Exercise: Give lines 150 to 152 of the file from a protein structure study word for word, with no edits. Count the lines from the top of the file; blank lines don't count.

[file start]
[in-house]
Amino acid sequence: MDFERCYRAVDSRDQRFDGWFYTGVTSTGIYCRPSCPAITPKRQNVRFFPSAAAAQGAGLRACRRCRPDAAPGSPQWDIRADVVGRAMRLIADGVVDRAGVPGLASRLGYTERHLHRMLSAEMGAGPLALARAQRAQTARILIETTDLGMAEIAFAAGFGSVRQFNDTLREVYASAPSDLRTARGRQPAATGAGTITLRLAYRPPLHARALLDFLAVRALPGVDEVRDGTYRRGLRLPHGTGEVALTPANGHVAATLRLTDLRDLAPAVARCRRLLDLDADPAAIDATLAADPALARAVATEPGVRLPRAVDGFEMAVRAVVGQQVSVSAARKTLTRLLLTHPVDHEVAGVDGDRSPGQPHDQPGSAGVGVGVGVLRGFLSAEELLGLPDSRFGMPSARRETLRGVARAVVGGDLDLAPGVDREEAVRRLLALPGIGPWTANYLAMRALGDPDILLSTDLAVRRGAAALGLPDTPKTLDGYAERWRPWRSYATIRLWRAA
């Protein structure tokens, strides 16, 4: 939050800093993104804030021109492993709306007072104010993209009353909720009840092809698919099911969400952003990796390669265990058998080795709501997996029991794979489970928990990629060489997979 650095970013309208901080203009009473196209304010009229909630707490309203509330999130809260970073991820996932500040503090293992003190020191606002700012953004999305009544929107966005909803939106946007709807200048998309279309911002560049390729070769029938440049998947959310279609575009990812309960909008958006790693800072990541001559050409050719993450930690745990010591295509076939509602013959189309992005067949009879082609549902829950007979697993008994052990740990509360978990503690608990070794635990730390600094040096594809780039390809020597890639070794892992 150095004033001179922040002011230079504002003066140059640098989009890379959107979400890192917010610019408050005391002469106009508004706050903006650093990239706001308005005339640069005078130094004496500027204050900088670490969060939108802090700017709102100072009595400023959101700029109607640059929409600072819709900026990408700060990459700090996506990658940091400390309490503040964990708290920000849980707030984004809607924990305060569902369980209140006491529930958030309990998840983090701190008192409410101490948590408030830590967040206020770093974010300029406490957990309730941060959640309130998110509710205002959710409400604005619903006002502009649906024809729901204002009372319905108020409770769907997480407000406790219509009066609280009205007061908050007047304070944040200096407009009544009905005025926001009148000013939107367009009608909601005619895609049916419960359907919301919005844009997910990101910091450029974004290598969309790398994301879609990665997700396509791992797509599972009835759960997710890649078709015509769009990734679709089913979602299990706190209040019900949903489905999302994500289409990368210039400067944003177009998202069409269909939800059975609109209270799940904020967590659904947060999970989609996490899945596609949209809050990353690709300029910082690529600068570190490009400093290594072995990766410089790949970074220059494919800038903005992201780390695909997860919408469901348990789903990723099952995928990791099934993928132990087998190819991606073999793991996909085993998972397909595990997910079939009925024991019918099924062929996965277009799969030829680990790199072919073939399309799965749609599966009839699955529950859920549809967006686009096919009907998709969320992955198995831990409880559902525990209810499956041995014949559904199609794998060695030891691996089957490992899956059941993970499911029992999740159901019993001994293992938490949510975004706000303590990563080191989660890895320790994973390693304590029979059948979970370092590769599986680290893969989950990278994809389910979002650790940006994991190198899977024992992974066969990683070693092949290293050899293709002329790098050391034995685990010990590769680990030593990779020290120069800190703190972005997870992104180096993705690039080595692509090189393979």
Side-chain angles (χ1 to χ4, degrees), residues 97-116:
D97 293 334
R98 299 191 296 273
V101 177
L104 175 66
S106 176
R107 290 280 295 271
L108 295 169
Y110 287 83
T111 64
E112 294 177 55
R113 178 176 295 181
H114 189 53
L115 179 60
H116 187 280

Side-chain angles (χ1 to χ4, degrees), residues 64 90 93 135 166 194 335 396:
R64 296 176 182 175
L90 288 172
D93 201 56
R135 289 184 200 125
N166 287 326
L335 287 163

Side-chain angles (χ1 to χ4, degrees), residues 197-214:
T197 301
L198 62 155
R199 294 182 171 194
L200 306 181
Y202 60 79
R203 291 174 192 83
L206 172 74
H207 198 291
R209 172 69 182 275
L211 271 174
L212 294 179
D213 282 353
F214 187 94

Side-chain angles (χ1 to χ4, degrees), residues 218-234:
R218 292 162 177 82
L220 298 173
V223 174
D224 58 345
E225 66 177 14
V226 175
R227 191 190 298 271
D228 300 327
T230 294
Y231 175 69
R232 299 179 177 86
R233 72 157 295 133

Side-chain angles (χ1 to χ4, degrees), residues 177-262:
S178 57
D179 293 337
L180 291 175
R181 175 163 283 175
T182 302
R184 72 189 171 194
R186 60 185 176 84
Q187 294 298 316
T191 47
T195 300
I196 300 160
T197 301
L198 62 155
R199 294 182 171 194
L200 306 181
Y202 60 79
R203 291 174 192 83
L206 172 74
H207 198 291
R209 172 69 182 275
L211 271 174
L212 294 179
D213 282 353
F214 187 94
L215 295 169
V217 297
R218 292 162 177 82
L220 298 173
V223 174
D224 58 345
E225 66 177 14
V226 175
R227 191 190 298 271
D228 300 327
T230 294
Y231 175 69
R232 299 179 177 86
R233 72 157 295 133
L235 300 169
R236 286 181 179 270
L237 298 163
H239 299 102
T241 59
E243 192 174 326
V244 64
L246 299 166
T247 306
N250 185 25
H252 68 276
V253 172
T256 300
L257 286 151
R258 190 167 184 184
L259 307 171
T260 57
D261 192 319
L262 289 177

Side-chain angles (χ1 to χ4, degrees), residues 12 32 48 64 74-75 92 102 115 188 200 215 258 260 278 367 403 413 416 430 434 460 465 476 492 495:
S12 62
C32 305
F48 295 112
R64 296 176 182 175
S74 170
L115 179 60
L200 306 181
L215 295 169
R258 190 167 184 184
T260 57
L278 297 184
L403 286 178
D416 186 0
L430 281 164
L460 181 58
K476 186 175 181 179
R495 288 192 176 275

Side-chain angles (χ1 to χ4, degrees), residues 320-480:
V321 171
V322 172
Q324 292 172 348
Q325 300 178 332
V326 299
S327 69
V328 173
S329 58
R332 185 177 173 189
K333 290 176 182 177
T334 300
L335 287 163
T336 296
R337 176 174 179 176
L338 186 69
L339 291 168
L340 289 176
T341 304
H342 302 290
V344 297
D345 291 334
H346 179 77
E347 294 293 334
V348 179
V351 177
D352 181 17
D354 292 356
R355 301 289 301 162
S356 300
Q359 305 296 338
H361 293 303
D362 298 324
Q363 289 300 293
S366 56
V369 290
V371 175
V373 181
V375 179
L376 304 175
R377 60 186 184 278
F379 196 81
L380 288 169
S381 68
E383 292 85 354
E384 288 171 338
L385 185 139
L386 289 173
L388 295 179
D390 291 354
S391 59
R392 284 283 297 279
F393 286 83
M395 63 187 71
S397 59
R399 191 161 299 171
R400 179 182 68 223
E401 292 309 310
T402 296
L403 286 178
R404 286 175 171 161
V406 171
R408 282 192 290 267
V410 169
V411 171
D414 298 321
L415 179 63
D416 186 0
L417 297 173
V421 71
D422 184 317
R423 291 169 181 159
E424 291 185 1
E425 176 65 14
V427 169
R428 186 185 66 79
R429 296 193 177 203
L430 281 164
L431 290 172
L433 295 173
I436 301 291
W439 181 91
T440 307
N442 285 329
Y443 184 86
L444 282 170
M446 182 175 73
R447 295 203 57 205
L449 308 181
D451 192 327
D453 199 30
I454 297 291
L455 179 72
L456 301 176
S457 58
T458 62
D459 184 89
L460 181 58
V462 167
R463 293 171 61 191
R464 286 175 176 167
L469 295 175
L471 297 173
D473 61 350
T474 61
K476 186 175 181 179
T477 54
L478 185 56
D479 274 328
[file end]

D345 291 334
H346 179 77
E347 294 293 334